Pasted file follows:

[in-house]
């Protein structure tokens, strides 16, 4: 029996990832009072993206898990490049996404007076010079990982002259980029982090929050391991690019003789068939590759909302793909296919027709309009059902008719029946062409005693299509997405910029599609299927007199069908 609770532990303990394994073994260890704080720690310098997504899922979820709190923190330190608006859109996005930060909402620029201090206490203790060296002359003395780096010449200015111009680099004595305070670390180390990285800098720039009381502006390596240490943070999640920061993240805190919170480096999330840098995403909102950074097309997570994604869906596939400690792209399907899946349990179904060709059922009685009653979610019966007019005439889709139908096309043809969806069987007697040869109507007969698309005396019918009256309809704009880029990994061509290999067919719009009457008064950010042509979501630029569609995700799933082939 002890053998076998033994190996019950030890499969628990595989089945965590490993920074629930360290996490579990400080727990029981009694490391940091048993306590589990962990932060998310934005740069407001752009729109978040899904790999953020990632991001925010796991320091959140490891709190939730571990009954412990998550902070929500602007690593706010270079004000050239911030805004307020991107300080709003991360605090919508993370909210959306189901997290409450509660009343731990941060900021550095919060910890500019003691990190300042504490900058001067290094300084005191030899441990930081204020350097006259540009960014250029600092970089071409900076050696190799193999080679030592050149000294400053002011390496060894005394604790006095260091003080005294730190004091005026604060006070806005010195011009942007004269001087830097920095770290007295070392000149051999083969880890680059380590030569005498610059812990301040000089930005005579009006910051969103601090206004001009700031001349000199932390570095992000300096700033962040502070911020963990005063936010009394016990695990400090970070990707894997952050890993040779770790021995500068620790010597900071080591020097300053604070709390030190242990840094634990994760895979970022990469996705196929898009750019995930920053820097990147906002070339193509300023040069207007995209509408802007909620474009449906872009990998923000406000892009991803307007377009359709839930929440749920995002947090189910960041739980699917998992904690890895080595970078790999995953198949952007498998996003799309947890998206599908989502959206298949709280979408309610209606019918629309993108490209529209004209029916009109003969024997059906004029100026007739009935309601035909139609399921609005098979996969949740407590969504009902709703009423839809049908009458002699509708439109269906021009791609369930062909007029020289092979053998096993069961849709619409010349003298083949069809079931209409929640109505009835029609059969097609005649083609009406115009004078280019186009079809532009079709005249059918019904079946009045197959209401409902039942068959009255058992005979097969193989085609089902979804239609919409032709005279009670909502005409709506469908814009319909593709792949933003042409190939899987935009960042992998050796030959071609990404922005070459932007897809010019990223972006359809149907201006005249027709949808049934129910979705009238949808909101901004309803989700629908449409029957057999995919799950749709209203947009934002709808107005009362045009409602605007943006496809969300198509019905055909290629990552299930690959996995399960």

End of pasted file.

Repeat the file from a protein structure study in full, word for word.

[in-house]
């Protein structure tokens, strides 16, 4: 029996990832009072993206898990490049996404007076010079990982002259980029982090929050391991690019003789068939590759909302793909296919027709309009059902008719029946062409005693299509997405910029599609299927007199069908 609770532990303990394994073994260890704080720690310098997504899922979820709190923190330190608006859109996005930060909402620029201090206490203790060296002359003395780096010449200015111009680099004595305070670390180390990285800098720039009381502006390596240490943070999640920061993240805190919170480096999330840098995403909102950074097309997570994604869906596939400690792209399907899946349990179904060709059922009685009653979610019966007019005439889709139908096309043809969806069987007697040869109507007969698309005396019918009256309809704009880029990994061509290999067919719009009457008064950010042509979501630029569609995700799933082939 002890053998076998033994190996019950030890499969628990595989089945965590490993920074629930360290996490579990400080727990029981009694490391940091048993306590589990962990932060998310934005740069407001752009729109978040899904790999953020990632991001925010796991320091959140490891709190939730571990009954412990998550902070929500602007690593706010270079004000050239911030805004307020991107300080709003991360605090919508993370909210959306189901997290409450509660009343731990941060900021550095919060910890500019003691990190300042504490900058001067290094300084005191030899441990930081204020350097006259540009960014250029600092970089071409900076050696190799193999080679030592050149000294400053002011390496060894005394604790006095260091003080005294730190004091005026604060006070806005010195011009942007004269001087830097920095770290007295070392000149051999083969880890680059380590030569005498610059812990301040000089930005005579009006910051969103601090206004001009700031001349000199932390570095992000300096700033962040502070911020963990005063936010009394016990695990400090970070990707894997952050890993040779770790021995500068620790010597900071080591020097300053604070709390030190242990840094634990994760895979970022990469996705196929898009750019995930920053820097990147906002070339193509300023040069207007995209509408802007909620474009449906872009990998923000406000892009991803307007377009359709839930929440749920995002947090189910960041739980699917998992904690890895080595970078790999995953198949952007498998996003799309947890998206599908989502959206298949709280979408309610209606019918629309993108490209529209004209029916009109003969024997059906004029100026007739009935309601035909139609399921609005098979996969949740407590969504009902709703009423839809049908009458002699509708439109269906021009791609369930062909007029020289092979053998096993069961849709619409010349003298083949069809079931209409929640109505009835029609059969097609005649083609009406115009004078280019186009079809532009079709005249059918019904079946009045197959209401409902039942068959009255058992005979097969193989085609089902979804239609919409032709005279009670909502005409709506469908814009319909593709792949933003042409190939899987935009960042992998050796030959071609990404922005070459932007897809010019990223972006359809149907201006005249027709949808049934129910979705009238949808909101901004309803989700629908449409029957057999995919799950749709209203947009934002709808107005009362045009409602605007943006496809969300198509019905055909290629990552299930690959996995399960």